Didn't Bill Challis' arrangements give lots of opportunities for Bix to improvise? Didn't George Johnson tell us that"Bix was a fountain of ideas that were spontaneous, as unexpected to himself as they were to us." Doroty Baker writes in p. 105: "When are you good enough; how do you know when you're right? He went into one of his fictions: some big-time-band leader, Paul Whiteman, like as not, was sitting right out there in the dim hall at one of the tables. Somebody had told him Rick was good and hed' better look him up. So he had, and now Rick was going to play a little something for him, and if he liked it he'd take him on. All Rick had to do was to play, and it had better be good, because old Paul Whiteman didn't come here just because he didn't have anything else to do."

Paul Whiteman had heard Bix play with the Jean Goldkette Orchestra and made repeated offers to Bix to join the Paul Whiteman Orchestra. (In fact, at the invitation of Bix and Bill Challis, Paul conducted the Jean Goldkette Orchestra on August 8, 1927 in Atlantic City) Indeed, Bix's music was the inspiration for the book, but, in my opinion, and as detailed above, Dorothy Baker did no stop at the music.

Dorothy Baker is not a gifted writer: the characters she invents are poorly constructed, the story is unsatisfactory, the relationsips between the characters are strained or unbelievable. However, I must admit to a certain morbid fascination with the book. It must be that I want to read as much as I can about Bix, and although certainly Rick Martin is no Bix, the similarities are too pronounced for me to completely separate the real Bix from the fictional Rick.

The 1950 film, based on the novel, was written by Carl Foreman, produced by Jerry Wald, and directed by Michael Curtiz. Many excellent actors and actresses starred in the film: Kirk Douglas, Lauren Bacall, Doris Day, Hoagy Carmichael, and Juano Hernandez Kirk Douglas plays Rick Martin. Harry James dubs Kirk Douglas on the trumpet.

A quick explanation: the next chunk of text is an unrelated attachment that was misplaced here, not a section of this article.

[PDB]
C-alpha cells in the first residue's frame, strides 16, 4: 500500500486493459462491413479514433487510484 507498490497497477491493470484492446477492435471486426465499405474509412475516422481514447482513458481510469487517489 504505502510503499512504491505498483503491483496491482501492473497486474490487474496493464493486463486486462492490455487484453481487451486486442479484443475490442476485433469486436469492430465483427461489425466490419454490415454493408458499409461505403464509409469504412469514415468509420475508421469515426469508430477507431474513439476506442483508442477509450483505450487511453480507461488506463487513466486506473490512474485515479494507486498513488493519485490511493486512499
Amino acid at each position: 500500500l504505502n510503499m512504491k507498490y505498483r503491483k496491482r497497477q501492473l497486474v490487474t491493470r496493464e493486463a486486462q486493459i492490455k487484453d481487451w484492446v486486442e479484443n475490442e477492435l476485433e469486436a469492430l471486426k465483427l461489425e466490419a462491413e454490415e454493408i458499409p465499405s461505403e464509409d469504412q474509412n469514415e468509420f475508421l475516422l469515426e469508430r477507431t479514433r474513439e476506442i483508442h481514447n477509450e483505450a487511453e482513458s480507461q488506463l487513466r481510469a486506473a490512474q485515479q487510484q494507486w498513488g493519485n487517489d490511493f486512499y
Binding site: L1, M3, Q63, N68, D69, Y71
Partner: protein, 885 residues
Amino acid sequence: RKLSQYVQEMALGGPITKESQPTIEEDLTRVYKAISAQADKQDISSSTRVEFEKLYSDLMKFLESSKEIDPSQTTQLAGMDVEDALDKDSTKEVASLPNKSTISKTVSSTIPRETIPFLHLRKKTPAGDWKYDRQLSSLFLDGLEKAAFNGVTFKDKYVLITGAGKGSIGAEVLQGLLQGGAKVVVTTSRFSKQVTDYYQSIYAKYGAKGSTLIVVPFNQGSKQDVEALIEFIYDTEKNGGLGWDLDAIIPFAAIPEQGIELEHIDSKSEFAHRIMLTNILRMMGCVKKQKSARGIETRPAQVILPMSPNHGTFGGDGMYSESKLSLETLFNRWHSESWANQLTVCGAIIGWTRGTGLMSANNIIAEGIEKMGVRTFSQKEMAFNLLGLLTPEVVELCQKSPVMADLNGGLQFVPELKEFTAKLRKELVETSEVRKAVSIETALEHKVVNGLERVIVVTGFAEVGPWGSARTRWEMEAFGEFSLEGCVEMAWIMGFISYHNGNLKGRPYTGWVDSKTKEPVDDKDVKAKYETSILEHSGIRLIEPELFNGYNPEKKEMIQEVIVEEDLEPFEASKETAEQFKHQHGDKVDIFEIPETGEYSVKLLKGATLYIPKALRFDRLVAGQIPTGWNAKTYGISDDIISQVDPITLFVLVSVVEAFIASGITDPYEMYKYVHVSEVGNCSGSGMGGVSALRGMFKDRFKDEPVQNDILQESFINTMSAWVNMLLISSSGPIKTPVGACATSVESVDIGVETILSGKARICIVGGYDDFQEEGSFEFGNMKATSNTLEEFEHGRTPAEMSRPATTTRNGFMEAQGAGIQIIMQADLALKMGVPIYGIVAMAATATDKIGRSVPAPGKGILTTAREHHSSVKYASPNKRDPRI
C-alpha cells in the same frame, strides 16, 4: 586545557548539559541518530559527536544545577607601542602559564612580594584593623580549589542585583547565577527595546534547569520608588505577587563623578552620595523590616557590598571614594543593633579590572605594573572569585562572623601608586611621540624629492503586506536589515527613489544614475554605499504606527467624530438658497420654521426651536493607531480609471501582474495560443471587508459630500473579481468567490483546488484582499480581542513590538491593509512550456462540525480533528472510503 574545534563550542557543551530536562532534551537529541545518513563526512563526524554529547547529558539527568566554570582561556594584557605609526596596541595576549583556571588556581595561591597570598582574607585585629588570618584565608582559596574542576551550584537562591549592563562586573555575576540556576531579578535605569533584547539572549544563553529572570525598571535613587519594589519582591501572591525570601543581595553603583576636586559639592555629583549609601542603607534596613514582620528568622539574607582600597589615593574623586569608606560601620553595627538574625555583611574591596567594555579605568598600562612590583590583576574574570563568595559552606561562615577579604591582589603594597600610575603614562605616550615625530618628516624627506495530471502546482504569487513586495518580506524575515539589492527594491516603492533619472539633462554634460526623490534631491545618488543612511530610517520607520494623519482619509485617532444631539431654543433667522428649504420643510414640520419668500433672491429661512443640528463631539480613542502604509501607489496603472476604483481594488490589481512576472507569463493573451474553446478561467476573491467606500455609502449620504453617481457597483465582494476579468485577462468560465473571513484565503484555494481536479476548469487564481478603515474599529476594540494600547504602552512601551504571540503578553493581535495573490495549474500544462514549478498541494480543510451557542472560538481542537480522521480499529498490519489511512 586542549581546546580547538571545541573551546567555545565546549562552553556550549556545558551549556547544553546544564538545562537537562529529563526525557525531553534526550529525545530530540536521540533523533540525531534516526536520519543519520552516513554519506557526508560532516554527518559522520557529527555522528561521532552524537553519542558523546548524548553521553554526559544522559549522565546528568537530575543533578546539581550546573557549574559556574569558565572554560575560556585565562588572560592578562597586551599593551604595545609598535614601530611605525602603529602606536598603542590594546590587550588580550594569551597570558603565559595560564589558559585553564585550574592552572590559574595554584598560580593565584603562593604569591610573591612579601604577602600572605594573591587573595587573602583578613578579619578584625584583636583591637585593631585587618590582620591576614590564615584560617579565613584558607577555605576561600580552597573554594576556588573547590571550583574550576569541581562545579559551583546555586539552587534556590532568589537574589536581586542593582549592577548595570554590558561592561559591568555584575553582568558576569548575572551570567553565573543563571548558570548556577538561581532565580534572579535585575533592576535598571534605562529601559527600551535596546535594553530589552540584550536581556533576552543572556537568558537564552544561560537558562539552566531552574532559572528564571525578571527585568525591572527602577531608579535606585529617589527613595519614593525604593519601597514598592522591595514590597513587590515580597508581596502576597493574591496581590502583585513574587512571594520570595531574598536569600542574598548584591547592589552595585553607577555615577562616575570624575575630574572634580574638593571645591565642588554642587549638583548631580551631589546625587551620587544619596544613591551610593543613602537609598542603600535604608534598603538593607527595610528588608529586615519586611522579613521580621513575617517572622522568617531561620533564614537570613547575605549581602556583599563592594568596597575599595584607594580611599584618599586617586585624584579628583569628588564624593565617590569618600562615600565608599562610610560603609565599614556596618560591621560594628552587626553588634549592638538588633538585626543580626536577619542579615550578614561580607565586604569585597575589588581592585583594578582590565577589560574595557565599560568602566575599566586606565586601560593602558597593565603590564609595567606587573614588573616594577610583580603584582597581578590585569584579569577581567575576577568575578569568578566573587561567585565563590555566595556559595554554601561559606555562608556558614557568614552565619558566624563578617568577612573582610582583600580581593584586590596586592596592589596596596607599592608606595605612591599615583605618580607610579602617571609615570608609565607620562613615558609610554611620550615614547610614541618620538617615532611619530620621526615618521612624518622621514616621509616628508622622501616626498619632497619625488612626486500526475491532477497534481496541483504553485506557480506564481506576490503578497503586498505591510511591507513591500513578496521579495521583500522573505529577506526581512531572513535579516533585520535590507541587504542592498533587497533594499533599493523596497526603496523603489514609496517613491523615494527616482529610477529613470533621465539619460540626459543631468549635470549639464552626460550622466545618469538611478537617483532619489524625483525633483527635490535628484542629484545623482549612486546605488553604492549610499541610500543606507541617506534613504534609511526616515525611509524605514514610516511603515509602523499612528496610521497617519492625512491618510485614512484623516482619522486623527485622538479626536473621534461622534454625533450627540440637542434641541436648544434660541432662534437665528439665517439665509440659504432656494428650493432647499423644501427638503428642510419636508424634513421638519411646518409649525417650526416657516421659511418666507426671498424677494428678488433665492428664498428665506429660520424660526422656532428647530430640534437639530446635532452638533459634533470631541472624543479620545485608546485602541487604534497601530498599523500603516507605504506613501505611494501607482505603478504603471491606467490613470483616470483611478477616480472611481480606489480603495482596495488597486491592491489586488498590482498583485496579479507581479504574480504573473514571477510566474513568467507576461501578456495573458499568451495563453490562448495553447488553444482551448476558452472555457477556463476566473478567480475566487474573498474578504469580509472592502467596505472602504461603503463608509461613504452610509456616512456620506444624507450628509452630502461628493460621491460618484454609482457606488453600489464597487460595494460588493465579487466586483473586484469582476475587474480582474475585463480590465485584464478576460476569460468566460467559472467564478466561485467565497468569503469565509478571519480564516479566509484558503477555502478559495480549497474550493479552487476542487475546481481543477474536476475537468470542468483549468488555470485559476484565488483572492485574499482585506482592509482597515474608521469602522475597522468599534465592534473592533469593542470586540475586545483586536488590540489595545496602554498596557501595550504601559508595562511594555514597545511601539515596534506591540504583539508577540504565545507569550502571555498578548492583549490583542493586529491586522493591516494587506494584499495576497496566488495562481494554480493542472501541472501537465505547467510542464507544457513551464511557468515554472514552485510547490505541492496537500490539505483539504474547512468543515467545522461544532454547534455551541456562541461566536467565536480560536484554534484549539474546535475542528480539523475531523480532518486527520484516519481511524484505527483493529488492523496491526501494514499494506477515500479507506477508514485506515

Two new characters were created for the movie: torch singer Jo Jordan (Doris Day) and piano player Smoke Willoughby (Hoagy Carmichael). In spite all the talent, the film is pretty bad - part musical, part soap opera, part drama. The music, of course, has nothing to do whatsoever with Bix. It is typical 1940's popular/big band music.

Two LP's with music from the film (not a "soundtrack" recording, but recordings of the music from the film, after the film was completed) were issued in 1950: a 10'' LP by Doris Day, Columbia CL6106, and a 12' LP by Harry James, Columbia ACL582.

There is also a 1950 Capitol 10' 78 by Ray Anthony "Theme from Young Man with A Horn". On June 6, 1999, the songs on the two LP's (plus a bonus track) were reissued on a Sony/Columbia CD 65508: "Young Man with A Horn. Doris Day/Harry James.

The songs included are :

0 1. I May Be Wrong (But I Think You're Wonderful) 0 2. The Man I Love 0 3. The Very Thought Of You 0 4. Pretty Baby 0 5. Melancholy Rhapsody 0 6. Would I Love You 0 7. Too Marvelous For Words 0 8. Get Happy 0 9. I Only Have Eyes For You 10. Limehouse Blues 11. With A Song In My Heart 12. Lullaby Of Broadway 13. Moanin' Low.

Not exactly Bix's songs!

Reference . WWW